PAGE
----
Hopefully you haven’t already learned this the hard way, but if you make and sell pots, you can’t afford to do a shoddy job on packing them for shipping. Early on in his career, Charlie Cummings, artist and proprietor of Charlie Cummings Gallery (www.claylink.com), shipped some pots to an exhibition and all of them arrived shattered. Once was all it took and now Charlie has a great system for packing work.
Today, in an excerpt from the March/April 2015 issue of Pottery Making Illustrated, Charlie shares his secrets to getting work from point A to point B in one piece. – Jennifer Harnetty, editor.
There are many approaches to packing pots for shipping, but my current method has been very successful for my gallery and is recommended by major carriers. This system uses two layers of boxes as the first line of defense against damage, packing peanuts as void filler between both the inner and outer boxes and objects inside of the inner box to cushion against blows, and several layers of bubble wrap tightly secured around each piece to keep pots safe from both outside forces and striking against each other.
Don’t get clay on your computer! Every issue of Pottery Making Illustrated contains useful information on tools, glazes, supplies, and equipment (just like today’s post from the March/April 2015, issue). Plus, a magazine can handle a little clay dust, so you can take it into the studio without worry!
Bubble Wrapping the Work
Begin by preparing a clean workspace and gathering packing supplies (figure 1). Identify fragile areas such as handles, spouts, lips, or handbuilt additions that require extra padding. Fold two 12-inch sections of bubble wrap and use stretch wrap or blue painter’s tape to secure them over or around fragile sections (figure 2). I only use this method to protect thin, ribbon-like handles and small spouts. Avoid using packing tape directly on pots because it can leave an adhesive residue behind, and it mars bubble wrap, making it unsuitable for reuse.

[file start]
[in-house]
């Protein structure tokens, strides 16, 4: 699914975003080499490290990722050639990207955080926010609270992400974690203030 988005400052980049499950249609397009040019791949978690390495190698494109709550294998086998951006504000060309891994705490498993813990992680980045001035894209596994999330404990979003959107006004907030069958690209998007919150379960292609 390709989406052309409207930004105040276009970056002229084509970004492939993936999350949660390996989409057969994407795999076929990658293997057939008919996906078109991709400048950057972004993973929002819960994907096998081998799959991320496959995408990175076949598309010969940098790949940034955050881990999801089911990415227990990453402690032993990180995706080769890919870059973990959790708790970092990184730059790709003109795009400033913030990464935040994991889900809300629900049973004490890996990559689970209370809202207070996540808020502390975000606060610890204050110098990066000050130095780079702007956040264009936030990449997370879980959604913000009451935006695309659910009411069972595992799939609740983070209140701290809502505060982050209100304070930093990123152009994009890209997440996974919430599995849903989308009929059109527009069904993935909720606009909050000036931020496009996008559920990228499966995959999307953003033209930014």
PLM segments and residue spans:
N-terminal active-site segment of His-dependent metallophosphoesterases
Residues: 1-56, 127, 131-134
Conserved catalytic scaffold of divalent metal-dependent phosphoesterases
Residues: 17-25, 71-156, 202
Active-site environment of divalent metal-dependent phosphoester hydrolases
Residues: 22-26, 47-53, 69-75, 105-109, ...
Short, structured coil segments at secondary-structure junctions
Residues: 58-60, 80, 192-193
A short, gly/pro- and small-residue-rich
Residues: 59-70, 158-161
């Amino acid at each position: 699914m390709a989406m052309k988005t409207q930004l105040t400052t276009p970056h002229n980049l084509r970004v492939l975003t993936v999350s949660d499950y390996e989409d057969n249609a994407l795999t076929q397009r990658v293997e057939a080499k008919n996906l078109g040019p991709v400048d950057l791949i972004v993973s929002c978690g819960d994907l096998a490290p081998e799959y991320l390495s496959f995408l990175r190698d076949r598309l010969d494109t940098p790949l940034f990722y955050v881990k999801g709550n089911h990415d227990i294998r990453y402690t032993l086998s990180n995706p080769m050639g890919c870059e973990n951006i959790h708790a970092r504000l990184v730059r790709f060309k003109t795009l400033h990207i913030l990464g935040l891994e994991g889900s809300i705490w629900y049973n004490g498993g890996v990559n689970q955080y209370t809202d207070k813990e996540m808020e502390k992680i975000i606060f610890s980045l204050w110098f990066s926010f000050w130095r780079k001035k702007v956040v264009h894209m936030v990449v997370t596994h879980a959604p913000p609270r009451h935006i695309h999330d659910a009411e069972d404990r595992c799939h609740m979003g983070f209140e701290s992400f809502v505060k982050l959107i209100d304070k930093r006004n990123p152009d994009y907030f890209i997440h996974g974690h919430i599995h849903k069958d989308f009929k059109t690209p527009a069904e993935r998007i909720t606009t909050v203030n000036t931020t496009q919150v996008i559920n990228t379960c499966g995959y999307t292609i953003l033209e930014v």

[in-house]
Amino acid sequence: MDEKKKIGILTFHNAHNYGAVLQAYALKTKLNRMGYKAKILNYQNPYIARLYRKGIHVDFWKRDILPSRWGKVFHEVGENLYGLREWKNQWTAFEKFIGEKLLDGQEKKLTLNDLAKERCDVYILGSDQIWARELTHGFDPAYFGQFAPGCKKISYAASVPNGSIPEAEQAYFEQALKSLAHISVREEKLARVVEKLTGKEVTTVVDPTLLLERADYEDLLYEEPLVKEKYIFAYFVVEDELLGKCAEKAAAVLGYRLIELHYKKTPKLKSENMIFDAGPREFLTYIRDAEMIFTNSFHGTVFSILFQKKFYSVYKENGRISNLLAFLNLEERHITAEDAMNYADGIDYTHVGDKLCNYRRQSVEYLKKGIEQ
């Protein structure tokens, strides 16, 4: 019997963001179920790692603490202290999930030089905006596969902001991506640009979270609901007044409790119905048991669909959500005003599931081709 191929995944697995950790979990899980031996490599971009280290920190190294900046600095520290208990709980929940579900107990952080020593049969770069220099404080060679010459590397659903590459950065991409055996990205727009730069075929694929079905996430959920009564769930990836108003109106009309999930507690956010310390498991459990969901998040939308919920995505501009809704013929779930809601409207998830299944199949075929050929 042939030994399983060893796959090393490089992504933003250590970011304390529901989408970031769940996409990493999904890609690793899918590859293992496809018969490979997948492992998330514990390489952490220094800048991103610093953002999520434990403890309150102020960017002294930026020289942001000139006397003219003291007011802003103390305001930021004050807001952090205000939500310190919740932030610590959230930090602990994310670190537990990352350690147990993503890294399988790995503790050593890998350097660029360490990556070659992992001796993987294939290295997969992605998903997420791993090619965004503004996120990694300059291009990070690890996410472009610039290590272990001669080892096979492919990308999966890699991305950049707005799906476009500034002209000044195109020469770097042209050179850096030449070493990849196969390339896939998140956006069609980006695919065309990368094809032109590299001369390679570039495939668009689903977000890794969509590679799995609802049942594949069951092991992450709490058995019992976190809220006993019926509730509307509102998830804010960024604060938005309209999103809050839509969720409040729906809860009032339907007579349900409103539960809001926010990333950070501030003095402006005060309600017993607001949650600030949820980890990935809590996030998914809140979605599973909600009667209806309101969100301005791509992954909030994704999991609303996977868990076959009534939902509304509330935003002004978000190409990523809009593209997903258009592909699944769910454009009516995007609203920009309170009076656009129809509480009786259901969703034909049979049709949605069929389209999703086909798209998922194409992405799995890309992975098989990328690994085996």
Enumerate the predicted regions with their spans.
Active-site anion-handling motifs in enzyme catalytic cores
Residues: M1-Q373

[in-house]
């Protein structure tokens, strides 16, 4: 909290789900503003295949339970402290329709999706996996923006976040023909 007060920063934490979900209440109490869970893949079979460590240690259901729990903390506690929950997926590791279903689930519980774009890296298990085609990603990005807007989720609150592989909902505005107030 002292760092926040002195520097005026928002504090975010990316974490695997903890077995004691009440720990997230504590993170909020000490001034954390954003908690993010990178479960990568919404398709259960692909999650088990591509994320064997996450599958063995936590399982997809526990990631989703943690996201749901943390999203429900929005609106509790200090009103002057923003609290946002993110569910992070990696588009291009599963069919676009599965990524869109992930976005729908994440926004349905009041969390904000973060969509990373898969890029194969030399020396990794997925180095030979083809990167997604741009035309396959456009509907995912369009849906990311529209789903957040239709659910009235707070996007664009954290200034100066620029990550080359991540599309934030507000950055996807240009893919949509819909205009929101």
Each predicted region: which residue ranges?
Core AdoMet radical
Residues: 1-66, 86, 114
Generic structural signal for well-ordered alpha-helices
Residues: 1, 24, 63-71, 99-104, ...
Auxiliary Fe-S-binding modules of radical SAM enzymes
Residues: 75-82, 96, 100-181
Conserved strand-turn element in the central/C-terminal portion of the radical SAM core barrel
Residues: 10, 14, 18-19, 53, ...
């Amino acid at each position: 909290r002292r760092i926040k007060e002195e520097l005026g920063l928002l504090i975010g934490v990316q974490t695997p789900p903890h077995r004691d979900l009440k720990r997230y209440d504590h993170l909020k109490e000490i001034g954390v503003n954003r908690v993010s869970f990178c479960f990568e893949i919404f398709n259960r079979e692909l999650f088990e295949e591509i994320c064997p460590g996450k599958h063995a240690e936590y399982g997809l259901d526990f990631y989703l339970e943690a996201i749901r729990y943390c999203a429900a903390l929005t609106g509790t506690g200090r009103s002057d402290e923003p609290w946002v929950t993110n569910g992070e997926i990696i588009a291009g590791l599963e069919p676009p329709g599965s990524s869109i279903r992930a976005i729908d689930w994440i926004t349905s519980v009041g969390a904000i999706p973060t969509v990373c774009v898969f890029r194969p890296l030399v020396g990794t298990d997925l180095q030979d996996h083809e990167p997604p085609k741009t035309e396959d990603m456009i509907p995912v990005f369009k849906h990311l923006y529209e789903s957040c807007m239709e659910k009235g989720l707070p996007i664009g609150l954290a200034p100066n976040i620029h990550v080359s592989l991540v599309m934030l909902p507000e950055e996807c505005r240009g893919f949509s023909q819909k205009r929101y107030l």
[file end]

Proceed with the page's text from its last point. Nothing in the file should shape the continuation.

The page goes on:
Cover the entire pot with 3–5 layers of bubble wrap. Bubbles should face toward the surface of the pot. This compresses the air inside the bubbles and provides the best protection. I usually use one 3×1-foot section for a cup, two 4×1-foot pieces for medium sized pots, and many layers for large and expensive pots. Then use stretch wrap to secure the entire piece (figure 3).
Examine the wrapped pot. You should be able to apply a couple of pounds pressure to any point and not feel the surface of the pot. Sharp corners on the form may require additional padding.
Double Boxing with Packing Peanuts
Packing peanuts should cover all sides of the pot and fill the entire box (figure 4). Shipments with heavy work, multiple items, expensive pieces, or pieces that fill most of the box should always be double boxed. When I receive broken work, the most common cause is that multiple pots were packed without double boxing, and they were placed too near to the outside wall of the box.
Packing a box containing fragile items inside a larger box with a minimum 2–3 inches of foam peanuts on all sides of the inner box is the method recommended by the major package delivery companies (figure 5).